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mommymilkies
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I've used CLE for math and LA for 2nd and 3rd grade. I didn't really want anything "preachy" either, and CLE doesn't bother me - in fact, I think it's a great, thorough program. There are some scriptures quoted and used in both (more in LA than in Math) but I don't feel that it's teaching doctrine at all.

 

Personally, I haven't tried FLL but for us, CLE is enough without going too overboard. Maybe someone else can answer that who is familiar with FLL.

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We're using CLE LA 100 for the first time. I think, maybe because it's Mennonite, it has a different feel than stuff you'd see out of fundamentalist Christian publishing houses.

 

It's more like reading something from a different culture, than proselytizing. There are a few references to God which are not problematic for us. And there are regularly sentences relating to obedience. "I like to obey my father." kind of thing, which is a little weird for my kids (and maybe it's just that we don't use the word 'obey'... we say 'follow directions' or 'be respectful/kind/etc...')

 

I love how easy it is to implement. The only thing I don't care for (and this is from a linguistics perspective) is that they have exercises in the books that children with normal acquisition wouldn't have trouble with. Like on pronouns... Plenty of kids do have trouble with knowing whether to use an accusative or nominative pronoun as the subject -- especially with a conjunction -- like "David and me/David and I went to the park." which my kids could definitely use -- but we don't have that. Instead, my daughter has done exercise after exercise on whether it is "I and David went to the park." or "David and I went to the park.", which wouldn't be a typical issue for native English speaking kids. Also, I'd much prefer if the diacritic marks matched with the IPA, instead of CLE creating their own. What use is it that my daughter has learned that a voiced /th/ has a line under it and an unvoiced /th/ doesn't? At least if she was going to learn the difference (which again, isn't something that really is essential at this age), why not have her learn it the way a dictionary will show -- /ð/ or /θ/ ?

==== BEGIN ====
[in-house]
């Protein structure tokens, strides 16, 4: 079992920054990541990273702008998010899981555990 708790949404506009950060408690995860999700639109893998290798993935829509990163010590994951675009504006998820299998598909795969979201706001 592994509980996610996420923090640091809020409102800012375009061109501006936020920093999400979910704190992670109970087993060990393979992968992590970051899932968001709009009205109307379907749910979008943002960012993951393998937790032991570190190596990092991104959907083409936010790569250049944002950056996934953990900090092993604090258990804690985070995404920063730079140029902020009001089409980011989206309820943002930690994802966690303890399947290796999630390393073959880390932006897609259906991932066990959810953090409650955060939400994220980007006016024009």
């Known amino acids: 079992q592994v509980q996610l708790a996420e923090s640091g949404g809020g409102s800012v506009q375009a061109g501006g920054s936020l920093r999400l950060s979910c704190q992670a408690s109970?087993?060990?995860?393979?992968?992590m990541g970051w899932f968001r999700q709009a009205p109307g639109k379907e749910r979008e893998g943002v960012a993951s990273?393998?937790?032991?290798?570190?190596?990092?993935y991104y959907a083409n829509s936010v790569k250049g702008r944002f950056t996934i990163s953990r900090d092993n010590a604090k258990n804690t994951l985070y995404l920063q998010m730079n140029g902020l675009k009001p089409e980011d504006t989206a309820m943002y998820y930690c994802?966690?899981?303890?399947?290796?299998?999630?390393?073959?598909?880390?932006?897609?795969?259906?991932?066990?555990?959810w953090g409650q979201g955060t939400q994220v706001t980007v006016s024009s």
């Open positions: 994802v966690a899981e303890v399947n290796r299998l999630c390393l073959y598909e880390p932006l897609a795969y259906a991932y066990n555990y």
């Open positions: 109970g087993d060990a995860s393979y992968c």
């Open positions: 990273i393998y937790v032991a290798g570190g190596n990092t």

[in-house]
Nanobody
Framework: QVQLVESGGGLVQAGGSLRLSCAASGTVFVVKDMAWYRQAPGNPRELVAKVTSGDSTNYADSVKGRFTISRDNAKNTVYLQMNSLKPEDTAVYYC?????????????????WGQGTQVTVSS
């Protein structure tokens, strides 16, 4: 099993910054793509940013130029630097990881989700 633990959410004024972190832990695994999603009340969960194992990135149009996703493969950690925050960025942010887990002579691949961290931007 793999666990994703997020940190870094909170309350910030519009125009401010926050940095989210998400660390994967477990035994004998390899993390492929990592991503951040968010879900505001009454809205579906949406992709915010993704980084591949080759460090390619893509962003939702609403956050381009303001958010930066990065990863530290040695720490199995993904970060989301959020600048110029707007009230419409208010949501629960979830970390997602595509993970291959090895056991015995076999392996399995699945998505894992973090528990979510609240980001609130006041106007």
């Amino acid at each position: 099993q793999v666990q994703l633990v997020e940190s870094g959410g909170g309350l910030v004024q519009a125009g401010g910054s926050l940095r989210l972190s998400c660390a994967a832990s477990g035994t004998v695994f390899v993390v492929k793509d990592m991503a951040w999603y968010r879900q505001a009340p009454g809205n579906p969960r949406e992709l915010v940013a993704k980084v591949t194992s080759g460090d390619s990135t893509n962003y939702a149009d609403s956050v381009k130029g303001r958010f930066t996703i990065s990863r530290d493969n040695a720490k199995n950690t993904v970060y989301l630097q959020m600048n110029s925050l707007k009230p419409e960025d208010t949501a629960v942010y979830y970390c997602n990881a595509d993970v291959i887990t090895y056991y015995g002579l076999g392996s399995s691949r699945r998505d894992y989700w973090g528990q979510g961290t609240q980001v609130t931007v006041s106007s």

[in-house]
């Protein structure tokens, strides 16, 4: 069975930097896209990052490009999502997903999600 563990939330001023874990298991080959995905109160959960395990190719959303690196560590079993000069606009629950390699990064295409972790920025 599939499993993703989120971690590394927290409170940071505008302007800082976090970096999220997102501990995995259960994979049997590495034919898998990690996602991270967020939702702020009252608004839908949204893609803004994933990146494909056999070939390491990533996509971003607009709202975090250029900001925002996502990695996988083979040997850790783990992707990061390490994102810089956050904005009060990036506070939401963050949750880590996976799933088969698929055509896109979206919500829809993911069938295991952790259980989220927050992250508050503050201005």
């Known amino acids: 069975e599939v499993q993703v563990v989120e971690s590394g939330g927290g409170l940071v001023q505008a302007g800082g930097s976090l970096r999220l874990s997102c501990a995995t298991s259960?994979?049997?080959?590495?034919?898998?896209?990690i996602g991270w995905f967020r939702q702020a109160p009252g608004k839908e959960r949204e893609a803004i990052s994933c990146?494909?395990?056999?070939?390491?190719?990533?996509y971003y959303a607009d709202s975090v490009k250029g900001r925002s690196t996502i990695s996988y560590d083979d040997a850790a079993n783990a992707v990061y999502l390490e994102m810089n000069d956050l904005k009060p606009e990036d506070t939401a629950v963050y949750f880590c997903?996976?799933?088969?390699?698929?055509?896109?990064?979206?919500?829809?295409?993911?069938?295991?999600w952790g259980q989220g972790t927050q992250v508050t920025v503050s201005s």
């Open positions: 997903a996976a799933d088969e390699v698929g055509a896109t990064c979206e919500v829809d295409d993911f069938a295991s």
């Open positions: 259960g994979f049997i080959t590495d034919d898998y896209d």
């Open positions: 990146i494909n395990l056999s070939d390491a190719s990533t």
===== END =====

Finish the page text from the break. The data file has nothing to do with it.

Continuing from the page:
Still, I like that mechanics and spelling and handwriting and phonics and grammar are all in one. So, for right now, we'll be continuing.

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We are a secular, non-religious family. I use CLE Math for all 3 of my boys. I LOVE the math!! There is some scripture quoted on some of the pages, which is easy to just skip over. Some of the story problems are of a religious nature.

 

For example, in 503, one word problem is: Pastor Mark hired Alex with his cart to haul Bibles that were donated to the Kenyan churches by Christians in the United States. One box of Bibles weighs 16.2 kg. Another box weighs 20.3 kg. The third box weighs 17.5 kg. How heavy is the precious cargo Alex's cart is carrying?

 

Other word problems refer to tithing or tracts. None of these bother me and sometimes even lead to great discussions. However, in the 600 level, there were some word problems (we've only come across 1 or 2 of these so far) that wanted you to look things up in the Bible. Those ones I just crossed out and didn't have DS do. Overall, I feel it's such a great program (and one of the only ones that have worked for my kids) that I don't let those bother me. I have used half of Math 200, just started using 300, all of 400, halfway through 500, and halfway through 600.

 

We started using LA 200 and 400 last year. Being LA, it had a lot more religious references in it. A combination of that and the fact that we weren't using half the program (the spelling, the writing, or the penmanship) led us to drop it before we finished it. It seemed like a solid program though.

 

I am using LTR with my kindergartner and so far it seems to be going well. There are some religious references, but I either skip them or just go with it. I do want my kids exposed to the Bible stories. For the "F" story, it talked about God creating fish and fowl on the fifth day. I just read it and if the kids had questions, (all the boys stop what they are doing when I read to DD, lol) they ask and I answer.

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We're using CLE Language Arts 500, and I think it would be fine for a secular family. There are some tasks that, for example, will ask the child to find the prepositions in a certain scripture. So you can either view the scripture as another source of literature, or you can skip those kinds of things entirely, without much impact on what you're doing.

 

The Reading program, has a LOT more religion in it. I haven't used math (yet).

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I think the CLE math isn't very preachy at all; we've been pleasantly surprised. We've used years 1&2, and have found the LA more preachy than the math. It say things like, "God wants us to have neat penmanship." Or, the sentence you would be working with would be something like, "Add capitals to this sentence, 'jesus is the son of god'. I wouldn't call the LA unbearably preachy, but a little more than the math, IMHO.

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